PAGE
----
from The American Heritage® Dictionary of the English Language, 4th Edition

  • n. An annual publication including calendars with weather forecasts, astronomical information, tide tables, and other related tabular information.
  • n. A usually annual reference book composed of various lists, tables, and often brief articles relating to a particular field or many general fields.

from Wiktionary, Creative Commons Attribution/Share-Alike License

  • n. A book or table listing nautical, astronomical, astrological or other events for the year; sometimes, but not essentially, containing historical and statistical information.

from the GNU version of the Collaborative International Dictionary of English

  • n. A book or table, containing a calendar of days, and months, to which astronomical data and various statistics are often added, such as the times of the rising and setting of the sun and moon, eclipses, hours of full tide, stated festivals of churches, terms of courts, etc.

from The Century Dictionary and Cyclopedia

  • n. A yearly calendar showing the correspondence between the days of the week and the days of the month, the rising and setting of the sun and moon, the changes of the moon and of the tides, and other astronomical data, and usually also the ecclesiastical fasts and feasts, chronological information, etc.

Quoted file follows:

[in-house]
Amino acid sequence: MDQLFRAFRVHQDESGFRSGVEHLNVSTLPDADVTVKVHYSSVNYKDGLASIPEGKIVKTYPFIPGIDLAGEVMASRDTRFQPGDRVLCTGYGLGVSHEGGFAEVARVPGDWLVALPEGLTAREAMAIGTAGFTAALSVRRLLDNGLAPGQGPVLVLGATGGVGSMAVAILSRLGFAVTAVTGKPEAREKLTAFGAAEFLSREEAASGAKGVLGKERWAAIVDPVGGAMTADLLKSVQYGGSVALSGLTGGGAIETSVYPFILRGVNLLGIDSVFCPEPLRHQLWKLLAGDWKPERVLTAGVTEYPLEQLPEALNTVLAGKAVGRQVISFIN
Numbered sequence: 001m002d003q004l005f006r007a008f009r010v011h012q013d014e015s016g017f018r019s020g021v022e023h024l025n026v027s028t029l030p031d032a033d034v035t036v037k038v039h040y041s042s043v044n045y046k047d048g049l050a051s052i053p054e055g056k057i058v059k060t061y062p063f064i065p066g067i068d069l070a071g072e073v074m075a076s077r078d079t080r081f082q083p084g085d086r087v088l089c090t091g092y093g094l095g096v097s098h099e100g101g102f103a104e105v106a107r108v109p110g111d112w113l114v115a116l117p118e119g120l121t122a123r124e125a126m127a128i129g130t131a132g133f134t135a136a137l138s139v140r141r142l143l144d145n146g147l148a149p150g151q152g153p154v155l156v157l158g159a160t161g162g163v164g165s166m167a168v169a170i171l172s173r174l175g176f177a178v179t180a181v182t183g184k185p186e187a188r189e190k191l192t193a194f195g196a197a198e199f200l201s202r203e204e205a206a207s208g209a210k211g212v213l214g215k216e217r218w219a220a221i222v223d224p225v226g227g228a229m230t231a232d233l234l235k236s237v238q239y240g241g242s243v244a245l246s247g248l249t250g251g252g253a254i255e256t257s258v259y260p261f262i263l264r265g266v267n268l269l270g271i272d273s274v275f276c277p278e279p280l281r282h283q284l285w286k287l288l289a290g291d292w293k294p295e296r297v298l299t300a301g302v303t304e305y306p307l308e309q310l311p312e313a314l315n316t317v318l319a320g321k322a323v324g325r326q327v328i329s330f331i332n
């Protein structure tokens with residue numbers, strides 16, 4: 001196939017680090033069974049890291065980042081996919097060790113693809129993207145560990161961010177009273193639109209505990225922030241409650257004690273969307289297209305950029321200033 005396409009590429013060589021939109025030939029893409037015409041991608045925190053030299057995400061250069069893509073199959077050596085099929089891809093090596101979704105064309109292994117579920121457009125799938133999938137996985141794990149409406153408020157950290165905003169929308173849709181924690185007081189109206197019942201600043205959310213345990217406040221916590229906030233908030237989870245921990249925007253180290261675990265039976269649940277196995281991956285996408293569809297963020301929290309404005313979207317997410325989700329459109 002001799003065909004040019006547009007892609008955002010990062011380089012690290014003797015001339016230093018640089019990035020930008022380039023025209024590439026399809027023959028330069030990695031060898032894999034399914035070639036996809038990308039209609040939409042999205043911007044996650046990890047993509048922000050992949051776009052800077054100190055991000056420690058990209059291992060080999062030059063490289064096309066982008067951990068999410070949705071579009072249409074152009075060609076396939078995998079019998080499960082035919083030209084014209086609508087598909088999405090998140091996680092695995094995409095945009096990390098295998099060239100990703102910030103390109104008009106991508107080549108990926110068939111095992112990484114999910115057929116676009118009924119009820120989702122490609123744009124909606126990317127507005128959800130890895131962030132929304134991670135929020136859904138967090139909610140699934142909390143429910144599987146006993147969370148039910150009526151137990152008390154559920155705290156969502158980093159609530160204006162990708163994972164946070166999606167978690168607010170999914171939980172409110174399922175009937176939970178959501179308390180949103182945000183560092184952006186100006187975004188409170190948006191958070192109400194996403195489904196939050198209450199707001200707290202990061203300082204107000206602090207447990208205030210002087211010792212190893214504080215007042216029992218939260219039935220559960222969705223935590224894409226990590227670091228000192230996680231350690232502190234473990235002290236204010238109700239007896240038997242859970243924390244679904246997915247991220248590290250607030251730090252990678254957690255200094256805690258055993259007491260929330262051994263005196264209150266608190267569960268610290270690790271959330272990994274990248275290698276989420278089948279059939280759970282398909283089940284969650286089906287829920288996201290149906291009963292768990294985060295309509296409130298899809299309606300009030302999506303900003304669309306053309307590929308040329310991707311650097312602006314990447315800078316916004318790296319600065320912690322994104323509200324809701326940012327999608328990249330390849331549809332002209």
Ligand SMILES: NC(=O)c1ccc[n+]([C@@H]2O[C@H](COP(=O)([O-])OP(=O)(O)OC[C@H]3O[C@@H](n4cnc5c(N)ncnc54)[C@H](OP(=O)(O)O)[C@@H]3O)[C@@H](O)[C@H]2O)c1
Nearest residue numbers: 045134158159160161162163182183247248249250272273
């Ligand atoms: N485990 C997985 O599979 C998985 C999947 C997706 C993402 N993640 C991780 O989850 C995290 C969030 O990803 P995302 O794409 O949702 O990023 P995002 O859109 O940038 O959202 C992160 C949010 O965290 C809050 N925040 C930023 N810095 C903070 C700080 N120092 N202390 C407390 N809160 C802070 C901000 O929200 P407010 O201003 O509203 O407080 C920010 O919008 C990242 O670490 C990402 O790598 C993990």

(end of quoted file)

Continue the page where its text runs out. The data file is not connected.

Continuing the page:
from WordNet 3.0 Copyright 2006 by Princeton University. All rights reserved.

  • n. an annual publication including weather forecasts and other miscellaneous information arranged according to the calendar of a given year
  • n. an annual publication containing tabular information in a particular field or fields arranged according to the calendar of a given year


Middle English almenak, from Medieval Latin almanach, perhaps from Late Greek almenikhiaka, ephemeris, perhaps of Coptic origin.
(American Heritage® Dictionary of the English Language, Fourth Edition)
Old French almanach, from Medieval Latin almanachus, from Andalusian Arabic  (almanak, "almanac, calendar") > or, from Arabic المناخ (al-manāx, "climate"), from Late Ancient Greek ἀλμενιχιακά ("calendar"), probably ultimately of Coptic origin. Possibly the central syllable -man- is cognate with moon and month, or else was influenced by Proto-Indo-European *mens- (“moon, month”), from Proto-Indo-European base *me- (to measure). (Wiktionary)



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